March 29, 2013
Yahoo! CEO Marissa Mayer’s decision to prohibit Yahoo employees from working from home has caused outrage from work-life balance advocates to environmentalists concerned about further CO2 emissions, not to mention the thousands of employees impacted by her decision. Now, the results of a new survey from Global Workplace Analytics suggest that Mayer’s policy may hurt Yahoo’s bottom line even more than it’s hurting morale. The GWA survey is based on a review of 500 studies about telecommuting. It reports that businesses actually lose more money from employee inefficiency in the office than from telecommuting. That is, businesses lose $600 billion a year in the form of workplace distractions, while two-thirds of employers report increased productivity among their telecommuters. Among other interesting findings:
- 95% of employers say telework has a high impact on employee retention.
- 92% of employees are concerned with the high cost of fuel and 80% of them specifically cite the cost of commuting to work. 73% feel their employers should take the lead in helping them reduce their commuting costs.
- 47% of people who have the option to telework are “very satisfied” with their jobs, compared to 27% of those who are office-bound.
- Organizations that implemented a telework program realized a 63% reduction in unscheduled absences.
- Teleworkers typically continue to work when they’re sick (without infecting others).
- A typical office worker spends less than half their time at their desk.
- Nearly 60% of employers identify cost savings as a significant benefit to telecommuting.
- Telecommuting ffers inexpensive compliance with ADA for disabled workers.
- Sun Microsystems’ experience suggests that employees spend 60% of the commuting time they save performing work for the company.
- AT&T workers work 5 more hours at home than their office workers.
- JDEdwards teleworkers are 20-25% more productive than their office counterpoints.
- American Express teleworkers produced 43% more than their office based counterpoints.
To be fair, there are legitimate concerns with telecommuting, as revealed in the GWA study. Some employees admit that they don’t telecommute because they fear “out of sight, out of mind” issues with performance measurement. Other concerns include co-worker jealousy; IT infrastructure challenges; collaboration concerns; and inability to monitor overtime.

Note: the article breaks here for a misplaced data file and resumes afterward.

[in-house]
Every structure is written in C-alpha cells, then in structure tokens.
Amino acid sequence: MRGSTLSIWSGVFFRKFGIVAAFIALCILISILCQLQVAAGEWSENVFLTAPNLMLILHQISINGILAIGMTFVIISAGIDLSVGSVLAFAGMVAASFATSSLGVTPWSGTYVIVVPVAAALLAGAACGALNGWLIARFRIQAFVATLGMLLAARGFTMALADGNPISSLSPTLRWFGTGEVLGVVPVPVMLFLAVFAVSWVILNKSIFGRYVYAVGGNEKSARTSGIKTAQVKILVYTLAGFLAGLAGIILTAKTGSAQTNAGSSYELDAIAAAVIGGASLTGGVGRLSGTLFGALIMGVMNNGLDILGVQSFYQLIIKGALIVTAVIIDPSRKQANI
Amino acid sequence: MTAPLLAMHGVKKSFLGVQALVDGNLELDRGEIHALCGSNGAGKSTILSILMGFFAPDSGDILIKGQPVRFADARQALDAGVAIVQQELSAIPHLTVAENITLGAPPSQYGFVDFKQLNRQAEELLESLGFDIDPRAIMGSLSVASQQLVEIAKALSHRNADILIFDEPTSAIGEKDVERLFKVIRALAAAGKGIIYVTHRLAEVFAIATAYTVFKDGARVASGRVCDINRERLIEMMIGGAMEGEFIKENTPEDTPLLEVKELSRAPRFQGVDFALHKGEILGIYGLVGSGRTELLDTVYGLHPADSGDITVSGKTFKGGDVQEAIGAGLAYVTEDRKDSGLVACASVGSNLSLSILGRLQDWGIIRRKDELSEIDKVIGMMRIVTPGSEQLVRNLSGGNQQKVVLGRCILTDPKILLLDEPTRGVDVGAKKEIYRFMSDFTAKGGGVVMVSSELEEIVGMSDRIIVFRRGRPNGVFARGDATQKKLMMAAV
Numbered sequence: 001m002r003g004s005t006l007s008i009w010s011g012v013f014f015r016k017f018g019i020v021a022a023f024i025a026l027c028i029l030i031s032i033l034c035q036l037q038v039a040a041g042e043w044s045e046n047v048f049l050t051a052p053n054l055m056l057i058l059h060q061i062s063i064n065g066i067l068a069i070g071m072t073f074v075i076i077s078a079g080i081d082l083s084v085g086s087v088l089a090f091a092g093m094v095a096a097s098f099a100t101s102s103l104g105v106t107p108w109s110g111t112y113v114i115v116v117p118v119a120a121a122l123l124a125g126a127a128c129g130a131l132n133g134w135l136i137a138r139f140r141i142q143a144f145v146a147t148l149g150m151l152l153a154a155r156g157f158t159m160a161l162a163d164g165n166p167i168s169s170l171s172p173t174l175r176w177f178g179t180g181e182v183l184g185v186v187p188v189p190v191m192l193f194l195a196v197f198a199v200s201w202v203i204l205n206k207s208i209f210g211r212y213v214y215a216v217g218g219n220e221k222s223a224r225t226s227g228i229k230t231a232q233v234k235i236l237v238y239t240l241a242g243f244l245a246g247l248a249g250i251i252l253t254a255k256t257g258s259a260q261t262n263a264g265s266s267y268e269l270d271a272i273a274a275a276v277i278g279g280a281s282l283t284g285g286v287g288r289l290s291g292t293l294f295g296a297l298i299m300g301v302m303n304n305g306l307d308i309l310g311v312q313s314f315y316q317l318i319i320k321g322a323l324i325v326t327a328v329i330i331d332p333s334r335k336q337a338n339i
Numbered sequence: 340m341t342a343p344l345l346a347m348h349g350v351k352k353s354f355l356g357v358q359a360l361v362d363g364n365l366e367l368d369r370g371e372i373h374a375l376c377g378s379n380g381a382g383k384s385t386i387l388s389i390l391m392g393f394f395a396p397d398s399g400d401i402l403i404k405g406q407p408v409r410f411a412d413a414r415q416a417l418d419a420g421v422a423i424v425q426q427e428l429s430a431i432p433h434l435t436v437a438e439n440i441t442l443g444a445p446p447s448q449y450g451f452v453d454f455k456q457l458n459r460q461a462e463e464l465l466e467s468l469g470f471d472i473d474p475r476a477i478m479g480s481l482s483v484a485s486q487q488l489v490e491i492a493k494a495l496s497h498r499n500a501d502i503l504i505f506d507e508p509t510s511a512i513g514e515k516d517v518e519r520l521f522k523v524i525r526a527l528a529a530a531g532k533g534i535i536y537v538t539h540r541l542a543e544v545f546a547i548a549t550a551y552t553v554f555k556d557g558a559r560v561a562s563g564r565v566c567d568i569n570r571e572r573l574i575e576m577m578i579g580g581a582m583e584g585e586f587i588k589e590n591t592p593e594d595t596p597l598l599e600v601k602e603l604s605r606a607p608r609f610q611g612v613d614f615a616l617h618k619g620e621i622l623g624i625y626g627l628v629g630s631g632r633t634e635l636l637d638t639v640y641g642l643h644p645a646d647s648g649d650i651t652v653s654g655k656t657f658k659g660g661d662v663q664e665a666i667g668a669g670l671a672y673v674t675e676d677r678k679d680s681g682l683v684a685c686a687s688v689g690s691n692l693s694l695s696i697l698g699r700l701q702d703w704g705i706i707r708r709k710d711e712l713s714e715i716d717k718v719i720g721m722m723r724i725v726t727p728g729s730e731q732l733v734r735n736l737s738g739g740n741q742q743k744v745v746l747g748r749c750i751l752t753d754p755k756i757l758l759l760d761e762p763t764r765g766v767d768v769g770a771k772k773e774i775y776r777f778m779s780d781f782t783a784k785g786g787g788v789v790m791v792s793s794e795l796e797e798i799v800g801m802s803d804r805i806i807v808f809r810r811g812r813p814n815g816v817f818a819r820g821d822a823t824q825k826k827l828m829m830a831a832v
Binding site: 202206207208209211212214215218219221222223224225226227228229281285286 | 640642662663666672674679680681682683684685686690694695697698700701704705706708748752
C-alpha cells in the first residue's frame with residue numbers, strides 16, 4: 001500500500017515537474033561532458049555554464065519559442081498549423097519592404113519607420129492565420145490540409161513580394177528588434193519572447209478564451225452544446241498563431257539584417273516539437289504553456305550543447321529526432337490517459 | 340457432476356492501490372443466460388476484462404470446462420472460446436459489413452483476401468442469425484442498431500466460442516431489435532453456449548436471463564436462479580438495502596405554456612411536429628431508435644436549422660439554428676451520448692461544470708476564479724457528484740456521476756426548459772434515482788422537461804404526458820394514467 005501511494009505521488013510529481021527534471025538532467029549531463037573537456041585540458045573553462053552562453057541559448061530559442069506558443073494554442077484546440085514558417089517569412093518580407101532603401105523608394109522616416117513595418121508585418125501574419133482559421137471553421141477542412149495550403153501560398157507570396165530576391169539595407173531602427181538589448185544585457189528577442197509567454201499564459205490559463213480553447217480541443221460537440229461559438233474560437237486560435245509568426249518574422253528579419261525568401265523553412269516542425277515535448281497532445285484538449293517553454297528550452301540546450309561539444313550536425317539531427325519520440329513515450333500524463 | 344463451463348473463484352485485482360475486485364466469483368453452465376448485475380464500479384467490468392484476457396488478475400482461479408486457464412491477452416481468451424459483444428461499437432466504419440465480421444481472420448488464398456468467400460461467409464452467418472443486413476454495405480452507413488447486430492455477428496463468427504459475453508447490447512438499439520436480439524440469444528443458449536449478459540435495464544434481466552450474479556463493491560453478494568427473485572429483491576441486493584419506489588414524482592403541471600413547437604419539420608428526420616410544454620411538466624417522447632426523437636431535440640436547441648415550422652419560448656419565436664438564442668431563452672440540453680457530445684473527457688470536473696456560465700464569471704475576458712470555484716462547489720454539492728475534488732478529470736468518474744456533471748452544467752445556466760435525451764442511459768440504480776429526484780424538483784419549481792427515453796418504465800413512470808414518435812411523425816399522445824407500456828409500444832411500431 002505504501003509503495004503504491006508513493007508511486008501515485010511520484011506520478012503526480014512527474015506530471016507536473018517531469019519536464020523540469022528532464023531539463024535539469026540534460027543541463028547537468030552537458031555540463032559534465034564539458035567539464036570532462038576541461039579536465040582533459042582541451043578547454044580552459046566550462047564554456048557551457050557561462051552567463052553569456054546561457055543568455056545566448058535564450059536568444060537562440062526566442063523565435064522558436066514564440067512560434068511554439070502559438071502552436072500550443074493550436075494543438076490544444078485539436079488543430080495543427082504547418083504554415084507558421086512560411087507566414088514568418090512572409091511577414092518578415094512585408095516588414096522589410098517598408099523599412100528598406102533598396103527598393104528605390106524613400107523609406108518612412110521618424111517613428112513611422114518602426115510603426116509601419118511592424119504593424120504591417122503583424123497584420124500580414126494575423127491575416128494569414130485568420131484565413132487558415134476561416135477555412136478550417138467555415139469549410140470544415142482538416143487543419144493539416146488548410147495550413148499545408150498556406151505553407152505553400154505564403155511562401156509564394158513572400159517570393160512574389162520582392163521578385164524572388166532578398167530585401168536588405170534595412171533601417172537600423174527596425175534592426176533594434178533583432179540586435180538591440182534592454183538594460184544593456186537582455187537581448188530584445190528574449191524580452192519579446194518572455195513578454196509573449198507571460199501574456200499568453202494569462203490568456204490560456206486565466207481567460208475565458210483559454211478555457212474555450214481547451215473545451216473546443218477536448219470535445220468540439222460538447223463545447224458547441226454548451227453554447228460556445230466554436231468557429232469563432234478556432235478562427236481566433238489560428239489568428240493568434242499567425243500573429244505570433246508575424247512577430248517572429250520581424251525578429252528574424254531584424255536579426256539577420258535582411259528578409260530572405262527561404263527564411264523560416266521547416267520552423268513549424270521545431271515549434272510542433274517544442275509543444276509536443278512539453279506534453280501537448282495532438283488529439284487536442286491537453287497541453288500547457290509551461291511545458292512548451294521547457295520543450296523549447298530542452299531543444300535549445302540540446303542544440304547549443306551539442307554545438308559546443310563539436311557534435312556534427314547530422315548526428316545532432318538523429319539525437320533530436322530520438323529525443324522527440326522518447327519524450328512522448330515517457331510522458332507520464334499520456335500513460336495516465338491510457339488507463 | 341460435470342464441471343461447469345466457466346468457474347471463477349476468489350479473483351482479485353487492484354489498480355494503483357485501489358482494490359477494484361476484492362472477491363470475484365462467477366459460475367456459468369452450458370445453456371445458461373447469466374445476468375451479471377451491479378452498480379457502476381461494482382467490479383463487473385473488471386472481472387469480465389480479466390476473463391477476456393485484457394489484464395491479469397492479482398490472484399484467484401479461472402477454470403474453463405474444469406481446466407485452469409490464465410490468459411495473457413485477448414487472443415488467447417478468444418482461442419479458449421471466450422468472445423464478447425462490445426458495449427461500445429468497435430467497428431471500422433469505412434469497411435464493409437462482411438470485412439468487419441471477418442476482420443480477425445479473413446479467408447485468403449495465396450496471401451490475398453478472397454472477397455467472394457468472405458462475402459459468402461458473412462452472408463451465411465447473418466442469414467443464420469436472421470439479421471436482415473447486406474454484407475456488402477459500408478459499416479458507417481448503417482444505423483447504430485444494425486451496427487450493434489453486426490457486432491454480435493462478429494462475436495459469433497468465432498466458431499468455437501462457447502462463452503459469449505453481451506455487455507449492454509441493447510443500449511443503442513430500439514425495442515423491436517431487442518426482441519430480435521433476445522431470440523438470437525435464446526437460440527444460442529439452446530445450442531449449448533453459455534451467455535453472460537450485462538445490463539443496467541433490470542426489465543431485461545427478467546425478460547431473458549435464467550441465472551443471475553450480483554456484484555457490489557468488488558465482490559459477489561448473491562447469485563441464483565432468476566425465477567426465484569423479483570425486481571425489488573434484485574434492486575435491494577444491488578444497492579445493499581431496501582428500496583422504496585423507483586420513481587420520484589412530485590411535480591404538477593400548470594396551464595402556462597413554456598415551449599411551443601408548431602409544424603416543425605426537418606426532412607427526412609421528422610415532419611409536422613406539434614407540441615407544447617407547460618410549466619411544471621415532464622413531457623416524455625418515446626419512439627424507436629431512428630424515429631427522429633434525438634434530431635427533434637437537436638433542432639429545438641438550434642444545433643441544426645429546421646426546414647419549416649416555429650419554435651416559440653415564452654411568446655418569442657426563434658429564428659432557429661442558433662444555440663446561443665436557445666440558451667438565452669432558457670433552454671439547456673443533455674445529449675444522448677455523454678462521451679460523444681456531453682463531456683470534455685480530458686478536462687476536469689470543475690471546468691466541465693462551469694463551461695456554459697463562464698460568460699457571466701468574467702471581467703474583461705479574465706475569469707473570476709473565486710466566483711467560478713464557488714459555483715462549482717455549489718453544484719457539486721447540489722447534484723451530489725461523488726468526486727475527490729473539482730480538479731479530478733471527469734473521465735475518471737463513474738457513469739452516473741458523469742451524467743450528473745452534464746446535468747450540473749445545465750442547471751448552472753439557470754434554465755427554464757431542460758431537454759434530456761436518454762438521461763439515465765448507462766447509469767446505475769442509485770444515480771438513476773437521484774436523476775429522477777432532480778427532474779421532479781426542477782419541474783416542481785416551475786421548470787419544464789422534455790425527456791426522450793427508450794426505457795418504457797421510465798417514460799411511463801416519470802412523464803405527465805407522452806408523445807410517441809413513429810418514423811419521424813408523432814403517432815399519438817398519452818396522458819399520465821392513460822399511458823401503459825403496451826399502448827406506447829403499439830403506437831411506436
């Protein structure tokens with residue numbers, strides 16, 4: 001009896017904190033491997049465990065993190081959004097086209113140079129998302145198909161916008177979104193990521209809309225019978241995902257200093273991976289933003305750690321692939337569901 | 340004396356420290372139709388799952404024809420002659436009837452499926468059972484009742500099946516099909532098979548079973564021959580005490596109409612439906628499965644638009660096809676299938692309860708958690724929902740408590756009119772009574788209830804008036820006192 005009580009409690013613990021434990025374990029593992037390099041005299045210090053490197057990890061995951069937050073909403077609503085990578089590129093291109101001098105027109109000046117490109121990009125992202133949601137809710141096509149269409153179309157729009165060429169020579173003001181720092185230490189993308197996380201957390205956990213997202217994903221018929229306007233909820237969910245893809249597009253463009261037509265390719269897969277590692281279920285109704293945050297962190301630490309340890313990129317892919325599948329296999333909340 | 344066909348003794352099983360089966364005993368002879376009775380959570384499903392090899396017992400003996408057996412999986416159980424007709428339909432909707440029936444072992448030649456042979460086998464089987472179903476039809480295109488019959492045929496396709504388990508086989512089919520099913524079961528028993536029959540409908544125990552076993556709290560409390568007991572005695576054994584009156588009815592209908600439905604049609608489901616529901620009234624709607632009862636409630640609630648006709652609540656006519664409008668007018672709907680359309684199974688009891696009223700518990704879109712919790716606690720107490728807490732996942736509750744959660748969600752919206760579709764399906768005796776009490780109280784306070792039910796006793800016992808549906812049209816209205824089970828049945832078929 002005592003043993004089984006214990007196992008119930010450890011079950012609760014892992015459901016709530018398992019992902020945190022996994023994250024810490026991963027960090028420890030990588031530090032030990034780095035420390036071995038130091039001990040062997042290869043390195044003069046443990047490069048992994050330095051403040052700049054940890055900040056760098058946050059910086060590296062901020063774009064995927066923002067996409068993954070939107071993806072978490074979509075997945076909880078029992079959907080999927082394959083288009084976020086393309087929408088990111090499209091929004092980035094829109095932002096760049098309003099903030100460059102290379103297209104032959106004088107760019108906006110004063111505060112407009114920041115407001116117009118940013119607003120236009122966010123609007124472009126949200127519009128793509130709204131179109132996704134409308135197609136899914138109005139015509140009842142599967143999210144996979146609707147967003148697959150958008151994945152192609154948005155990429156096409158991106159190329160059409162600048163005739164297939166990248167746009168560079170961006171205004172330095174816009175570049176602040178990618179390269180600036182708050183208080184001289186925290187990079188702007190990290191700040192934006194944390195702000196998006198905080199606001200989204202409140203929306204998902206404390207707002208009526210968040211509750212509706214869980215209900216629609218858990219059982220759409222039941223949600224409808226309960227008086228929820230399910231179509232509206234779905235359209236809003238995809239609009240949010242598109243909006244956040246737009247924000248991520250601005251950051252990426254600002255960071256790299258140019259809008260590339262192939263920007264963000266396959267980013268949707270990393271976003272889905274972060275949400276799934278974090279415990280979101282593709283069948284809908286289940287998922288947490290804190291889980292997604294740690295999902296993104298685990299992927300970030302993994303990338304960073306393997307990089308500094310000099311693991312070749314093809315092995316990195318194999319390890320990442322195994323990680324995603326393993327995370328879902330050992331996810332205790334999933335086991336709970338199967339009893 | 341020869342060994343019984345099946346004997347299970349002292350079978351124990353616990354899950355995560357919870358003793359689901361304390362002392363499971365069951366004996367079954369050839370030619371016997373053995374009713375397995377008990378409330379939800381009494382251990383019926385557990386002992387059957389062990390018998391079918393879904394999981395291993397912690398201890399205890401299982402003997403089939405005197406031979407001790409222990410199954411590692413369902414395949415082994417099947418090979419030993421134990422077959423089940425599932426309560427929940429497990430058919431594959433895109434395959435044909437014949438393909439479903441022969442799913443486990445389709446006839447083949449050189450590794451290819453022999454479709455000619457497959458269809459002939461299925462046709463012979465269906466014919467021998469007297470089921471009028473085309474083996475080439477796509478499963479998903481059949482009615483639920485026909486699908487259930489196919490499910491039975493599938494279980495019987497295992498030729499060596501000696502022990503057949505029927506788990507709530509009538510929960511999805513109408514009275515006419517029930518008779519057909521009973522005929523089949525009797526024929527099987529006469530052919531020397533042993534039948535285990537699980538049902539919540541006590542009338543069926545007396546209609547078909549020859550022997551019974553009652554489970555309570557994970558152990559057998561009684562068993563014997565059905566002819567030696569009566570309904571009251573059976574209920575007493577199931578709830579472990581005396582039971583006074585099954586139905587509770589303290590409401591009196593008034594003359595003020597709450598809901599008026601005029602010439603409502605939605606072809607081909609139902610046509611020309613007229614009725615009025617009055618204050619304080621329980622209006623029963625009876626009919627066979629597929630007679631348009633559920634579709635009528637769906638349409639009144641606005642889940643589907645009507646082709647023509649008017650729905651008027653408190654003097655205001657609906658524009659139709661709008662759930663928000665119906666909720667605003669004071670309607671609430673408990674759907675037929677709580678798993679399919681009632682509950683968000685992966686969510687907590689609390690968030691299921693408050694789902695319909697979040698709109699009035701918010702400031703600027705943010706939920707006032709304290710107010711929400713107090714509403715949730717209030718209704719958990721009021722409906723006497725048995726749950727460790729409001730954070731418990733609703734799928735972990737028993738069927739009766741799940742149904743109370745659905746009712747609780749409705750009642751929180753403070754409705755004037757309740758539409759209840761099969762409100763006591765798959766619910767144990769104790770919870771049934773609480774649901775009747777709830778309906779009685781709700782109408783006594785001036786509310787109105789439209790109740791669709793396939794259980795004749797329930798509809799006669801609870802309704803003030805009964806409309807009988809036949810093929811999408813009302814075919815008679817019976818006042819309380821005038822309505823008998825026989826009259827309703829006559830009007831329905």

A telecommuting policy will not work for every position, company or industry. (Read: if you provide elder care services, don’t implement a work-from-home policy). But for those who work in industries that are compatible with telecommuting, consider the following when developing and implementing a telecommuting policy:
- Are there certain jobs at your company that lend themselves to telecommuting because the employee can work independently? That is, does the employee have adequate and suitable work that he or she can perform from home?
- Do you have the proper security safeguards in place, such as VPN (Virtual Private Network)?
- Is the employee in good standing with the company? That is, is the employee dependable? Does he or she have a proven track record of working well with limited supervision?
- Will the company require a minimum number of hours or days in the office so that the telecommuting employee is available to meet face-to-face with her supervisor and attend other office or department-wide meetings?
- Who will oversee and evaluate the success of the telecommuting program?
- Who will be responsible for paying for the necessary home office equipment?
- How will you determine eligibility?
- What criteria will you use to determine whether the telecommuting arrangement is working? How will productivity be measured?